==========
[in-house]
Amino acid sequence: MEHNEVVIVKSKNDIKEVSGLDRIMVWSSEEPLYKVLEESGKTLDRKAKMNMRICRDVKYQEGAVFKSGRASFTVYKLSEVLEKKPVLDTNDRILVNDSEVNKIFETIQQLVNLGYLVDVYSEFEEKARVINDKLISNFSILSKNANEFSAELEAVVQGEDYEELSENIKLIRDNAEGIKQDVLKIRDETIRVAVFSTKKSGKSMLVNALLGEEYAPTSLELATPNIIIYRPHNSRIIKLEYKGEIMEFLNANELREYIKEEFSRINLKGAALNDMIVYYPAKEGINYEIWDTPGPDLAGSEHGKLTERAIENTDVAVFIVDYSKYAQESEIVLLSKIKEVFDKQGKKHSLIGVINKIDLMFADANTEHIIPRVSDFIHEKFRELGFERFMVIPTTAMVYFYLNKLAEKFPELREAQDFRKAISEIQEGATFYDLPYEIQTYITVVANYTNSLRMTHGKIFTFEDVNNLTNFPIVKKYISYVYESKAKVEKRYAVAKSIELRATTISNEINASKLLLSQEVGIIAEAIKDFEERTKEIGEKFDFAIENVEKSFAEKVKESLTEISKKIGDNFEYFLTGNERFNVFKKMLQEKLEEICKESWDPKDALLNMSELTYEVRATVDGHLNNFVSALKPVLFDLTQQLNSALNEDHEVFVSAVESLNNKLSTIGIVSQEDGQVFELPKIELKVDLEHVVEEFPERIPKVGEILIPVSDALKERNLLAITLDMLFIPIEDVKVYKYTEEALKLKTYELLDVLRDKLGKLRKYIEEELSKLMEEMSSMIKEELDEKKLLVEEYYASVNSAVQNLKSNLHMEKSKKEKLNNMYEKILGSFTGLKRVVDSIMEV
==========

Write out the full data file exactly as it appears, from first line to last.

[in-house]
Amino acid sequence: MEHNEVVIVKSKNDIKEVSGLDRIMVWSSEEPLYKVLEESGKTLDRKAKMNMRICRDVKYQEGAVFKSGRASFTVYKLSEVLEKKPVLDTNDRILVNDSEVNKIFETIQQLVNLGYLVDVYSEFEEKARVINDKLISNFSILSKNANEFSAELEAVVQGEDYEELSENIKLIRDNAEGIKQDVLKIRDETIRVAVFSTKKSGKSMLVNALLGEEYAPTSLELATPNIIIYRPHNSRIIKLEYKGEIMEFLNANELREYIKEEFSRINLKGAALNDMIVYYPAKEGINYEIWDTPGPDLAGSEHGKLTERAIENTDVAVFIVDYSKYAQESEIVLLSKIKEVFDKQGKKHSLIGVINKIDLMFADANTEHIIPRVSDFIHEKFRELGFERFMVIPTTAMVYFYLNKLAEKFPELREAQDFRKAISEIQEGATFYDLPYEIQTYITVVANYTNSLRMTHGKIFTFEDVNNLTNFPIVKKYISYVYESKAKVEKRYAVAKSIELRATTISNEINASKLLLSQEVGIIAEAIKDFEERTKEIGEKFDFAIENVEKSFAEKVKESLTEISKKIGDNFEYFLTGNERFNVFKKMLQEKLEEICKESWDPKDALLNMSELTYEVRATVDGHLNNFVSALKPVLFDLTQQLNSALNEDHEVFVSAVESLNNKLSTIGIVSQEDGQVFELPKIELKVDLEHVVEEFPERIPKVGEILIPVSDALKERNLLAITLDMLFIPIEDVKVYKYTEEALKLKTYELLDVLRDKLGKLRKYIEEELSKLMEEMSSMIKEELDEKKLLVEEYYASVNSAVQNLKSNLHMEKSKKEKLNNMYEKILGSFTGLKRVVDSIMEV